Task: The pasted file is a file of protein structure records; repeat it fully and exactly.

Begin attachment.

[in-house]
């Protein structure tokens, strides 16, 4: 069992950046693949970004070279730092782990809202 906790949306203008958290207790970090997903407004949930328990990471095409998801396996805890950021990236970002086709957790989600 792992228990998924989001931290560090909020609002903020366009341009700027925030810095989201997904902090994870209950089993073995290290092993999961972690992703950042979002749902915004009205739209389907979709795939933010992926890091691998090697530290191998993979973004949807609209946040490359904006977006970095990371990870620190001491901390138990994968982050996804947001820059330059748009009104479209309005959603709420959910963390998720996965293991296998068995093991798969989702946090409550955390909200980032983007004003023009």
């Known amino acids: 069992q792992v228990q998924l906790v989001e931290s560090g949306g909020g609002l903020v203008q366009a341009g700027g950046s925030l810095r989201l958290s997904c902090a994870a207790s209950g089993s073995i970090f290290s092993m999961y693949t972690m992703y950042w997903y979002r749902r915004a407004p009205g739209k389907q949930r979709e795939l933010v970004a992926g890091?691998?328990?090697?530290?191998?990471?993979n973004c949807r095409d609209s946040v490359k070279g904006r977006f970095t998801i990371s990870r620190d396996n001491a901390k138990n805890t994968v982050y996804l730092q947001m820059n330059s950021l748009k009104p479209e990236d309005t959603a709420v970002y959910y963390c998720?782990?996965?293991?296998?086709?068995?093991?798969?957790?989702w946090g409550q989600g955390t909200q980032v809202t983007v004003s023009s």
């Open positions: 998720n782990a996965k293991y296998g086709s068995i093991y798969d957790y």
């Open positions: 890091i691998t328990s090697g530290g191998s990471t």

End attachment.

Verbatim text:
[in-house]
């Protein structure tokens, strides 16, 4: 069992950046693949970004070279730092782990809202 906790949306203008958290207790970090997903407004949930328990990471095409998801396996805890950021990236970002086709957790989600 792992228990998924989001931290560090909020609002903020366009341009700027925030810095989201997904902090994870209950089993073995290290092993999961972690992703950042979002749902915004009205739209389907979709795939933010992926890091691998090697530290191998993979973004949807609209946040490359904006977006970095990371990870620190001491901390138990994968982050996804947001820059330059748009009104479209309005959603709420959910963390998720996965293991296998068995093991798969989702946090409550955390909200980032983007004003023009």
């Known amino acids: 069992q792992v228990q998924l906790v989001e931290s560090g949306g909020g609002l903020v203008q366009a341009g700027g950046s925030l810095r989201l958290s997904c902090a994870a207790s209950g089993s073995i970090f290290s092993m999961y693949t972690m992703y950042w997903y979002r749902r915004a407004p009205g739209k389907q949930r979709e795939l933010v970004a992926g890091?691998?328990?090697?530290?191998?990471?993979n973004c949807r095409d609209s946040v490359k070279g904006r977006f970095t998801i990371s990870r620190d396996n001491a901390k138990n805890t994968v982050y996804l730092q947001m820059n330059s950021l748009k009104p479209e990236d309005t959603a709420v970002y959910y963390c998720?782990?996965?293991?296998?086709?068995?093991?798969?957790?989702w946090g409550q989600g955390t909200q980032v809202t983007v004003s023009s």
């Open positions: 998720n782990a996965k293991y296998g086709s068995i093991y798969d957790y």
């Open positions: 890091i691998t328990s090697g530290g191998s990471t």